The high turnover of workers is the Laos garment industrys major worry

The high turnover of workers is the Laos garment industry's major worry

Laos has set its sights on more than doubling its clothing exports by 2015. But while order books are full and overseas demand on the rise, problems finding and retaining workers could prove to be major stumbling block. Jozef De Coster reports.

At first glance Laos might not appeal to international apparel buyers. The small, landlocked nation in South East Asia lacks local textile materials, its workers are poorly educated, and its industry is small-scale compared with its neighbours.

But the country's low labour cost and preferential market access - especially its duty-free access to EU under the Generalized System of Preferences (GSP) - increasingly do.

Many of the 100 or so garment exporting companies in Laos say they could expand considerably if they only could recruit and retain enough workers.

Indeed, the chronic shortage of labour is the main hurdle in the country's goal of more than doubling its garment exports from US$183m in 2012 to US$500m by 2015.

And it is the reason why the Association of the Lao Garment Industry (ALGI) and its training arm, the Garment Skills Development Centre (GSC), at the end of last year detailed a major publicity campaign to attract more employees, aiming to double its workforce to 60,000 by 2015.

Balancing customer requirements and worker dissatisfaction is just one of the challenges facing exporters, many of whom say their order books are full but they are unable to take on new business.

Chamlong Janetanakit is a director of Hi-Tech Laos Apparel, which has 700 workers and is a subsidiary of the Thai apparel group Hi-Tech, with 5,000 workers. "We neither lack orders nor capital to expand. Our only constraint is the workforce," he told just-style.

Hi-Tech Laos Apparel mainly makes T-shirts, boxers and other knitted articles for German retailer Tchibo, but has been in discussion with brands like Hugo Boss and Armani and retailers like Marks & Spencer and Hennes & Mauritz.

The scale of the labour problem was shown in a study by The World Bank last July, which found large and medium sized Lao garment firms lose around 3.5% of their workforce every month (40-60% per year), while small firms lose over 6% each month.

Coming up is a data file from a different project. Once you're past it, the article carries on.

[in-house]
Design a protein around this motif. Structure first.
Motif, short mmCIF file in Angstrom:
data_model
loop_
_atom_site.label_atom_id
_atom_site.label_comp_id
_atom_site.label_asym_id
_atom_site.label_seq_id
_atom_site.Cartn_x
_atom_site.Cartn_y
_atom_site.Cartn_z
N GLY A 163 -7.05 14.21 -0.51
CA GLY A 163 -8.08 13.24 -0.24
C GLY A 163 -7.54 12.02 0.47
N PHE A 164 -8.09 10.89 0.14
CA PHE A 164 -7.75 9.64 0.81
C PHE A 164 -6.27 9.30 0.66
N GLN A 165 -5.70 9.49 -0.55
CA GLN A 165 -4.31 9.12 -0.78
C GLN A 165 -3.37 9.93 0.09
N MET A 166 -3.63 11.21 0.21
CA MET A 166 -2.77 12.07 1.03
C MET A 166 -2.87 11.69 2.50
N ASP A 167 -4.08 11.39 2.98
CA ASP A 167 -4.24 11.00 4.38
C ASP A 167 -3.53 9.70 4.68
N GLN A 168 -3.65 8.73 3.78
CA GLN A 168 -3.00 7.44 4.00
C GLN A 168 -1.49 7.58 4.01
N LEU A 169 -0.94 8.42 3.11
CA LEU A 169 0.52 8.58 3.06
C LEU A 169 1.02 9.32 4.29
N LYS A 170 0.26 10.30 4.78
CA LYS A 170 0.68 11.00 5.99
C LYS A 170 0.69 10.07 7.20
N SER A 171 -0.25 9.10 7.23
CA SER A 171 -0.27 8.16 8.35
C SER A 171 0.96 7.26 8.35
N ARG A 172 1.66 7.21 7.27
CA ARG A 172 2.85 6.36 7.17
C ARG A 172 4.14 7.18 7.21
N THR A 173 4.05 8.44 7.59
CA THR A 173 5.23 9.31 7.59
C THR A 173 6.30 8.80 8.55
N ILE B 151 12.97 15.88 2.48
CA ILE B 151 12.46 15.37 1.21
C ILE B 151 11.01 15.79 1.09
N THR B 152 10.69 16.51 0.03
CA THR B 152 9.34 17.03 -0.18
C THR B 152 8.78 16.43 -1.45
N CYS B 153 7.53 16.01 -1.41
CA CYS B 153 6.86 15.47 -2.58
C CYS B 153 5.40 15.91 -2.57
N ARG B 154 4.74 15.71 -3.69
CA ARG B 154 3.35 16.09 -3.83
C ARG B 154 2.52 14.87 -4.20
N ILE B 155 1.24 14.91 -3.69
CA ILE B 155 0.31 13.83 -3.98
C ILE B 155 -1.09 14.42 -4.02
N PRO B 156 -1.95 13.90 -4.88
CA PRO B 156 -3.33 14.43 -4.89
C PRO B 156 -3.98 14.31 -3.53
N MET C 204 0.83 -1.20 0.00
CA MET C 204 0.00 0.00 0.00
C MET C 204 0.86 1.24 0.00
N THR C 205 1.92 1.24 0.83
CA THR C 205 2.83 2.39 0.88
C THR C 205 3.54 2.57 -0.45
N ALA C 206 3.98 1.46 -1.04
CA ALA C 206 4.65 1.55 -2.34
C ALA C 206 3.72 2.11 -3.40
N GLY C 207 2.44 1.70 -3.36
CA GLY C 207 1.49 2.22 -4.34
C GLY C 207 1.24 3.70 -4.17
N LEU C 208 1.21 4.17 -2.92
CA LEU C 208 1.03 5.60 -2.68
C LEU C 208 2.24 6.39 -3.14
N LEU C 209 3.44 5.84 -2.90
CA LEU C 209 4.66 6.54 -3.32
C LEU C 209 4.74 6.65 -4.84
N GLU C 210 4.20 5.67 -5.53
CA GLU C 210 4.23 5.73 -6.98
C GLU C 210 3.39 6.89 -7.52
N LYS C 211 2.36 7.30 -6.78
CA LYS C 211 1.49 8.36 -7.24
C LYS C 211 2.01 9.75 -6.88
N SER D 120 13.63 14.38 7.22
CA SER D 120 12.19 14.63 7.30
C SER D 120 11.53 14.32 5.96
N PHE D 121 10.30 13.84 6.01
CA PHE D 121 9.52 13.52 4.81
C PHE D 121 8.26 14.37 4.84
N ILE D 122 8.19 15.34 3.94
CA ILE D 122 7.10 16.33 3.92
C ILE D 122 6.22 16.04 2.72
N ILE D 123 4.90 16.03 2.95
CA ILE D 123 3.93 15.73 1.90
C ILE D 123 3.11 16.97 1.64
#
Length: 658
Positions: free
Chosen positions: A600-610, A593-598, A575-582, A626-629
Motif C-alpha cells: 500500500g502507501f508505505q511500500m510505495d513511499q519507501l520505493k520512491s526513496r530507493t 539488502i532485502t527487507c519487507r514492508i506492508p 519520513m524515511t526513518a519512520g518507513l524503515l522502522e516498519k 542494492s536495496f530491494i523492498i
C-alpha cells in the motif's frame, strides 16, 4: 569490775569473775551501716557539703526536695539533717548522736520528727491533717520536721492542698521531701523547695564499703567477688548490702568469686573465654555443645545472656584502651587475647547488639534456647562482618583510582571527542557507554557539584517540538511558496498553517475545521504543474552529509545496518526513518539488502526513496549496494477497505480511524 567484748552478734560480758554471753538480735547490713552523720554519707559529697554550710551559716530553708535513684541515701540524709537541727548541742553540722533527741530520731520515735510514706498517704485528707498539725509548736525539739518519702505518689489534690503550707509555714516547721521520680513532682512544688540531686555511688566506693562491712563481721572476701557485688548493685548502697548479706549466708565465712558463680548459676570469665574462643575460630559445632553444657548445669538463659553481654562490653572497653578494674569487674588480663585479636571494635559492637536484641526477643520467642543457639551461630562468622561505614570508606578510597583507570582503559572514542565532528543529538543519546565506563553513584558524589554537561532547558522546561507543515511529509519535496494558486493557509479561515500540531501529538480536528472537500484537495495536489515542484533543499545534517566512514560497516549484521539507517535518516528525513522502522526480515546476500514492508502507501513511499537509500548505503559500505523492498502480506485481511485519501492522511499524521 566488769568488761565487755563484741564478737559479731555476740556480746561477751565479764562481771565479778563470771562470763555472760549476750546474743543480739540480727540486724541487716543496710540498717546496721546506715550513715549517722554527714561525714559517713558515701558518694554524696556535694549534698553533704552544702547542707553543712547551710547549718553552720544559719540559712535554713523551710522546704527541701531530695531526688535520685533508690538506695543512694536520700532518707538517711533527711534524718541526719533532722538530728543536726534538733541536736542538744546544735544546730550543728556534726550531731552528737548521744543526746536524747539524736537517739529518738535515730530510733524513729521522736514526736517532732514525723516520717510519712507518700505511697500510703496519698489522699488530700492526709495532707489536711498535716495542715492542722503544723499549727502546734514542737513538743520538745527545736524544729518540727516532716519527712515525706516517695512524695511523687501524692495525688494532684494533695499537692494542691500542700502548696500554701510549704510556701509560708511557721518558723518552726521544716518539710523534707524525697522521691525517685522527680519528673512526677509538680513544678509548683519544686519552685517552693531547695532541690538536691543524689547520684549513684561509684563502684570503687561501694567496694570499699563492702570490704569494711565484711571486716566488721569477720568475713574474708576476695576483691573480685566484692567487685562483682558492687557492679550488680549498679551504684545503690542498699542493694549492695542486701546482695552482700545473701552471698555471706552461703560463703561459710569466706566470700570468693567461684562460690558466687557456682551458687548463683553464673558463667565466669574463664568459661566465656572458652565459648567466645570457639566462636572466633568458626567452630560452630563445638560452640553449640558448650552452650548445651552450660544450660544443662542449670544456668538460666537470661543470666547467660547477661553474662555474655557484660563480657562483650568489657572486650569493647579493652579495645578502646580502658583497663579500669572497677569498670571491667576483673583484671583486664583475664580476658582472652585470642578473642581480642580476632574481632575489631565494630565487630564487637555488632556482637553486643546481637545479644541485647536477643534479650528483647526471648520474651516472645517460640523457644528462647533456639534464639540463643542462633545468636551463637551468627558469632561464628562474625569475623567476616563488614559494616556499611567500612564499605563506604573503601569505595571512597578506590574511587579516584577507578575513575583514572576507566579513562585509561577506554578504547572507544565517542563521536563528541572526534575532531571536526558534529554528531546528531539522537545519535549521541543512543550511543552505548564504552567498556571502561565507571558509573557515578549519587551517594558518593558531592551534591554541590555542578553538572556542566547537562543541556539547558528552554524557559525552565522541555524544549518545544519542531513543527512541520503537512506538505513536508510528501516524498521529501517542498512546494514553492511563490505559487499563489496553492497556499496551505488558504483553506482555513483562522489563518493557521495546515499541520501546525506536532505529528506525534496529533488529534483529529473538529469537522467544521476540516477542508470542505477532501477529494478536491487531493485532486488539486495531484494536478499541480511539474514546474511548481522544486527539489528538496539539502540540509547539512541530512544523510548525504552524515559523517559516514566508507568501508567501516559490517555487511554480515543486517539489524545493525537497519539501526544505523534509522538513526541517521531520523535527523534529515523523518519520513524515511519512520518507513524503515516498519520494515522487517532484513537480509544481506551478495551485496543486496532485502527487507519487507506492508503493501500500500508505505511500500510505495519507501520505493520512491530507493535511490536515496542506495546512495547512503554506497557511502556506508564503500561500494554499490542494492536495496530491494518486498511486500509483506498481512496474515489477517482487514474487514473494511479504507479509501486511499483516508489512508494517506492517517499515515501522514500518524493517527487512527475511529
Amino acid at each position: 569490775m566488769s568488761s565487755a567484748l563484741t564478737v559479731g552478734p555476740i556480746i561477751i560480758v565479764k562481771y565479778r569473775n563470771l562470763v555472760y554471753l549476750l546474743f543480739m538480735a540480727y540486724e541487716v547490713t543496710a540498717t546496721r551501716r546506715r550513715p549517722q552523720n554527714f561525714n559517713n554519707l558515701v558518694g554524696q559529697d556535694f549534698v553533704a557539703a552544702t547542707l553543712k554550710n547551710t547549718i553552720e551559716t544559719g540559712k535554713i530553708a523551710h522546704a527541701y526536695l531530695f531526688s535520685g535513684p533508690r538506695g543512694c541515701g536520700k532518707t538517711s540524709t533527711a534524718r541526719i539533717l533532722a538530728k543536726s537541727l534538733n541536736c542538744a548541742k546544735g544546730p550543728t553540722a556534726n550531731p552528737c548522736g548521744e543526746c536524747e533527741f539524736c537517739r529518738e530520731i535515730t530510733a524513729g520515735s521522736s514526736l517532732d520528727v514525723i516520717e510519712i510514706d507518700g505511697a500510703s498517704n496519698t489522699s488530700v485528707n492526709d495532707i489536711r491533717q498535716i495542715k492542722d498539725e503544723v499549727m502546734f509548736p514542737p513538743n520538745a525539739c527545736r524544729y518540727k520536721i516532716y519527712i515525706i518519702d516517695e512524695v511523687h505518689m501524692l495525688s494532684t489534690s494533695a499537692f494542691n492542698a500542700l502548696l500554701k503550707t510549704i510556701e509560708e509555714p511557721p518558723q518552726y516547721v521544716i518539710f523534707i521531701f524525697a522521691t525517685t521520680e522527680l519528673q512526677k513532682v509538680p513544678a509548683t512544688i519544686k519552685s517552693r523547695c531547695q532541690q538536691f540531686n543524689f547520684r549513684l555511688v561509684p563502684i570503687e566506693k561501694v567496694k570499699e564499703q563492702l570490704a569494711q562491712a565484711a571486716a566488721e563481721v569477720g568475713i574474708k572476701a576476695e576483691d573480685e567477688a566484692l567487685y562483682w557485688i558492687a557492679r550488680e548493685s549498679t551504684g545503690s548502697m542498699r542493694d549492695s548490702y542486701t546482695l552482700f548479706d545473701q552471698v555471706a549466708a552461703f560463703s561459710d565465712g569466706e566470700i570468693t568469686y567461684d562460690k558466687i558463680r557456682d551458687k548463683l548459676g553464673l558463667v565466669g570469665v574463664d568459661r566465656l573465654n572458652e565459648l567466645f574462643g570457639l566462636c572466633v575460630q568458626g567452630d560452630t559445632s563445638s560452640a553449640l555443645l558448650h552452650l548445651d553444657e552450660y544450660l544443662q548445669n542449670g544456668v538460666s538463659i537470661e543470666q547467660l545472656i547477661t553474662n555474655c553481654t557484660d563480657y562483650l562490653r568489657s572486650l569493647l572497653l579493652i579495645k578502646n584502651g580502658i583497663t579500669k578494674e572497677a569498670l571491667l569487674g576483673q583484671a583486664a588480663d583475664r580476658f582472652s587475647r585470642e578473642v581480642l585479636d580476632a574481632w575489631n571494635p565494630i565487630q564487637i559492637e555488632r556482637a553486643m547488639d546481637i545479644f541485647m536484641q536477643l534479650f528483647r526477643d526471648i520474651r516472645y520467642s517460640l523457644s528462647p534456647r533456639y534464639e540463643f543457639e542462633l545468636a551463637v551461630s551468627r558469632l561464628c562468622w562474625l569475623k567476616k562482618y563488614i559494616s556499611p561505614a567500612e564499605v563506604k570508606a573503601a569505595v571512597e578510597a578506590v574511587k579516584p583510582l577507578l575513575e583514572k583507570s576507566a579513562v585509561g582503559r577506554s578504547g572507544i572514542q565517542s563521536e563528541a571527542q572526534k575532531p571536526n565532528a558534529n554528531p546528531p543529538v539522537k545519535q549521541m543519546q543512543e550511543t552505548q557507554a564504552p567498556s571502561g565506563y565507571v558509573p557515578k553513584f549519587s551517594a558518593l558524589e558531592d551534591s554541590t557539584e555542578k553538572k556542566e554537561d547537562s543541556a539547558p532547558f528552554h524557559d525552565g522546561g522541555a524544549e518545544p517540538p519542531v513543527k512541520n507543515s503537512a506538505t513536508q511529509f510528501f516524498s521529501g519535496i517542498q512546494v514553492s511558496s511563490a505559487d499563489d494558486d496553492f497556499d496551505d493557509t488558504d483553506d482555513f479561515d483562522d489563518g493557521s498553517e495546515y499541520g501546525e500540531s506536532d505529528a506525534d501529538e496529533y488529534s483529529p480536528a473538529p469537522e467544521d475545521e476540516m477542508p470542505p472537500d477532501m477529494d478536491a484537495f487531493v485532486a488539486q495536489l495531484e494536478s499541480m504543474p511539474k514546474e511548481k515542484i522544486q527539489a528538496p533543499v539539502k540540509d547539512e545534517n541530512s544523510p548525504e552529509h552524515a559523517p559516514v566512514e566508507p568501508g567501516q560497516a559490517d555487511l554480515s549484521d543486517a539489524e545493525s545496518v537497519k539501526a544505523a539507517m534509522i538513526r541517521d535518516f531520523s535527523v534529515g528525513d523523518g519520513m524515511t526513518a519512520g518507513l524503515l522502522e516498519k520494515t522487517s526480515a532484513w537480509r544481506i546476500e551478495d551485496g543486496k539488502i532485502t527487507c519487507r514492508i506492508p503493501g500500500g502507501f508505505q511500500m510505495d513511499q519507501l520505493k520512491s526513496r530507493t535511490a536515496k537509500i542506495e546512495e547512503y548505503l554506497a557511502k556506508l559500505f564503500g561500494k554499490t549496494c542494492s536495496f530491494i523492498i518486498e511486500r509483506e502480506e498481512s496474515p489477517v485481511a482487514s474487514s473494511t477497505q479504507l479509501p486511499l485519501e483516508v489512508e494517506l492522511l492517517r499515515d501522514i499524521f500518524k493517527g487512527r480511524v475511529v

By international standards wages are low, but in January 2012,the legal minimum wage in Laos jumped from LAK348,000 (US$43.50) to LAK626,000 (US$77) per month. ALGI notes this compares favourably with minimum wages in Vietnam (US$75), Cambodia (US$68), Bangladesh (US$61) and Myanmar (US$50). 

Factories also pay additional bonuses and overtime, meaning a garment worker can make US$100-250 per month including food and accommodation. Yet the firms continue to struggle to find workers and improve staff retention rates. 

Industry expansion key
The Lao garment industry currently employs between 20,000 and 30,000 workers and ALGI's president, One-Sy Boutsivongsakd, believes there are several reasons why it should expand. These include helping to alleviate poverty, as the largest sector of manufacturing employment in the tiny country of just 6.5m inhabitants, and a key source of low-skilled jobs for young female workers. 

One-Sy points out that garment workers start out earning US$100 per month, with this rising to US$120 after a couple of years. Line supervisors make US$150-200 per month, he says.

As president of ALGI since 1995 and rotating president of the ASEAN Federation of Textile Industries (AFTEX), One-Sy is closely watching developments that could affect the garment industry's interests.